Green acorn squash are petite weighing one to three pounds on average and as their name reflects, have an acorn-like shape. Their skin is light green when young then as they mature will turn to a deep green though the dark color will develop before the squash is ready for harvest. A good indicator of readiness in Green acorn squash can be found by looking at the spot on the squash where they sat on the ground when still on the vine, it should turn from yellow to orange when the squash is mature and ready for harvest. The rind of the Green acorn is hardy with a thin skin that is edible when cooked. The body of the squash is lined with deeply furrowed ridges that taper to a point opposite the squashes flattened stem end. When cooked its yellow-orange flesh offers a mildly sweet and nutty flavor with a somewhat dry texture. Lower in starch than many other winter squash types the Green acorn will be at its peak flavor wise the first few weeks after harvest and should be used within a month for best flavor. We offer a snow white variety and a green one.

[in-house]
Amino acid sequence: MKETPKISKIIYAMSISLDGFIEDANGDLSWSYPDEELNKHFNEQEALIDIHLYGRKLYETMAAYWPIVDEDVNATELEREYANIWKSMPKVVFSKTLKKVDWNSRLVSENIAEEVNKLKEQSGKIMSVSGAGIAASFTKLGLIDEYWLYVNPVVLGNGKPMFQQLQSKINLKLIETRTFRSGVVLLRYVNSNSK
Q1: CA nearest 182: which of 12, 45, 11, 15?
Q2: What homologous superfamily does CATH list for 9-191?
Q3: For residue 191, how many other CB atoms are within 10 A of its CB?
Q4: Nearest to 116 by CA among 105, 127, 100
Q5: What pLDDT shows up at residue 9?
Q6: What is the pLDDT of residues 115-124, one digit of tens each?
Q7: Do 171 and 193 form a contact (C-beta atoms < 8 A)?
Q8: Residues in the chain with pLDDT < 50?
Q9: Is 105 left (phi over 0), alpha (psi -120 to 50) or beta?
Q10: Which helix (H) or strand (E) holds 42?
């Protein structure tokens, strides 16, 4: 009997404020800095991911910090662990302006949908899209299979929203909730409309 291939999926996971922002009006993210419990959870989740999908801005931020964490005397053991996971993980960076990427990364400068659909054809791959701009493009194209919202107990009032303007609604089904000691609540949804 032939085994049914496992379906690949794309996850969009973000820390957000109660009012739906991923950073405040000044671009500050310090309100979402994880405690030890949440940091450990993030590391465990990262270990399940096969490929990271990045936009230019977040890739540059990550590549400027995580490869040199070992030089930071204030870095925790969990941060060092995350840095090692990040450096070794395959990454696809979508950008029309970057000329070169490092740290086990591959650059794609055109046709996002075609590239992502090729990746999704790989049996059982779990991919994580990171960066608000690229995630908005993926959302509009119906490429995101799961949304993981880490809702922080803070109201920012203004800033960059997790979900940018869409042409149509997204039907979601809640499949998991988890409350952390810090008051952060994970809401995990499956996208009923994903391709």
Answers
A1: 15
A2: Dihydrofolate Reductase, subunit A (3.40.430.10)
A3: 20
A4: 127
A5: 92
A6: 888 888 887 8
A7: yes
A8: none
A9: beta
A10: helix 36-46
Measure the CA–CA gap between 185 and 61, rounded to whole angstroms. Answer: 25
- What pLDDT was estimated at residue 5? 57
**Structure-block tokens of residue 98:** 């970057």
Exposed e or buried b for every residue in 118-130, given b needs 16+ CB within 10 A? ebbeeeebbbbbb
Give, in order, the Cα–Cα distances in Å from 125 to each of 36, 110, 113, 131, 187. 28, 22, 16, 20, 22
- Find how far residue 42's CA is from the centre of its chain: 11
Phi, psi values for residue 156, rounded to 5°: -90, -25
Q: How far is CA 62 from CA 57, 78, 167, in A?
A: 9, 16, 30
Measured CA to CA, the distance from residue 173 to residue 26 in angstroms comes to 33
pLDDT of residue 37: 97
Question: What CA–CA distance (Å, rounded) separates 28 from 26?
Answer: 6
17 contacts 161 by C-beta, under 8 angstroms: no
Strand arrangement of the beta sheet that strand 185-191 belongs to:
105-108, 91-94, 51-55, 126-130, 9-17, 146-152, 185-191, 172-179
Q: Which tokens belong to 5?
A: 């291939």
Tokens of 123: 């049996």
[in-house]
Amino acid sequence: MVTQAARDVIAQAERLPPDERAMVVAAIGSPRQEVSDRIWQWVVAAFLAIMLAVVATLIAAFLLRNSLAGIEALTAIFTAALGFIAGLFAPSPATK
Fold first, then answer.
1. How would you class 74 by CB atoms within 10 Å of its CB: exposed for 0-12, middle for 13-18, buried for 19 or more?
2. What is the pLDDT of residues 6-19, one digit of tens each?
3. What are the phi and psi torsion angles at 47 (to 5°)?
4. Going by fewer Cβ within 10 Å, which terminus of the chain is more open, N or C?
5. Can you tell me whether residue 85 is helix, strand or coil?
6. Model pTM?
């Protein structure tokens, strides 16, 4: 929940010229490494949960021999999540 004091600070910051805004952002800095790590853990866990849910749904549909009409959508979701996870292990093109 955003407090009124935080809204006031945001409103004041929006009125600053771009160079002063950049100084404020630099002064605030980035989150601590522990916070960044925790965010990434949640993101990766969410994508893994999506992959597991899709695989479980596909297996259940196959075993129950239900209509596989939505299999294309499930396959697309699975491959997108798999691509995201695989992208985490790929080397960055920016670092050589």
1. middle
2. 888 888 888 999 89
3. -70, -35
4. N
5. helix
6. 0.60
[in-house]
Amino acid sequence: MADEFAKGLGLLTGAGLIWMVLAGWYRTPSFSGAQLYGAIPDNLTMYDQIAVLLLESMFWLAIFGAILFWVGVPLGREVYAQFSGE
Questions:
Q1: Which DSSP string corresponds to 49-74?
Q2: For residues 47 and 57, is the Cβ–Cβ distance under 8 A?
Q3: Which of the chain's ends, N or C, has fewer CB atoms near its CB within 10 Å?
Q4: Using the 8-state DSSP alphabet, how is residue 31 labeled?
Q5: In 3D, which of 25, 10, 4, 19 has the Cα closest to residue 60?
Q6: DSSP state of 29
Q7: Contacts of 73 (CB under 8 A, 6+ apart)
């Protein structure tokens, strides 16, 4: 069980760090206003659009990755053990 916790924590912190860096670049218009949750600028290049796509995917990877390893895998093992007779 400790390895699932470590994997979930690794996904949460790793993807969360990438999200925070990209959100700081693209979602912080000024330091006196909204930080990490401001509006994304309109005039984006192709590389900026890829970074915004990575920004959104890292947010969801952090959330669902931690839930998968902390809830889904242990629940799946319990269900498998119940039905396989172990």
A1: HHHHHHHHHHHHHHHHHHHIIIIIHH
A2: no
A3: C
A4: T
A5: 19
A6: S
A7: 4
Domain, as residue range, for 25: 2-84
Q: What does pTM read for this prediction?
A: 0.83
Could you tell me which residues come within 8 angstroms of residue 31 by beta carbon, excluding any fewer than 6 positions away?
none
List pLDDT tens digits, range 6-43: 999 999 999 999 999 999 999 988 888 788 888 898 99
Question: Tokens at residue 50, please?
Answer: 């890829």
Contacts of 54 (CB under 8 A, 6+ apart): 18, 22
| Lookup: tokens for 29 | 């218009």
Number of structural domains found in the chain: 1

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okra has a torpedo-shaped pod ranging in length of five to six inches when harvested mature. The pods are pale lime to lime green color, their exterior has furrowed lengthwise grooves. The skin can often be fuzzy to prickly, which can cause an allergic reaction to sensitive skin. The flesh bears a tender spongy membrane with many small white seeds. Okra is known less for its lean flavor and more for its sticky sap that creates the flesh’s gelatinous texture. Green Okra is a member of the mallow family along with cotton, cocoa and hibiscus. The okra plant produces broad oak-shaped leaves with bold yellow and white hibiscus-like blossoms. The fruits sprout in vertical patterns from the plant’s stems. The sign of a plant flowering indicates fruits will develop quickly within 3-5 days. Young fruits must be harvested daily as the fruits are known to grow so fast you can almost see them growing in front of your eyes. One plant can produce up to 100 okra. Okra left on the stem too long will become tough and essentially unfit for use. Okra is grown for fresh-eating but it also has many other purposes. Okra plants are grown commercially for pickling and canning alone or as a canned soup ingredient, while the seeds are also harvested for making oil and in some cultures are ground and used as a coffee substitute or supplement. Okra pods are a good source of dietary fiber and a mucilage substance that is said to help in easing digestion. Okra is similar to Kiwi fruits with high amounts of Vitamins K and C, manganese, and folate.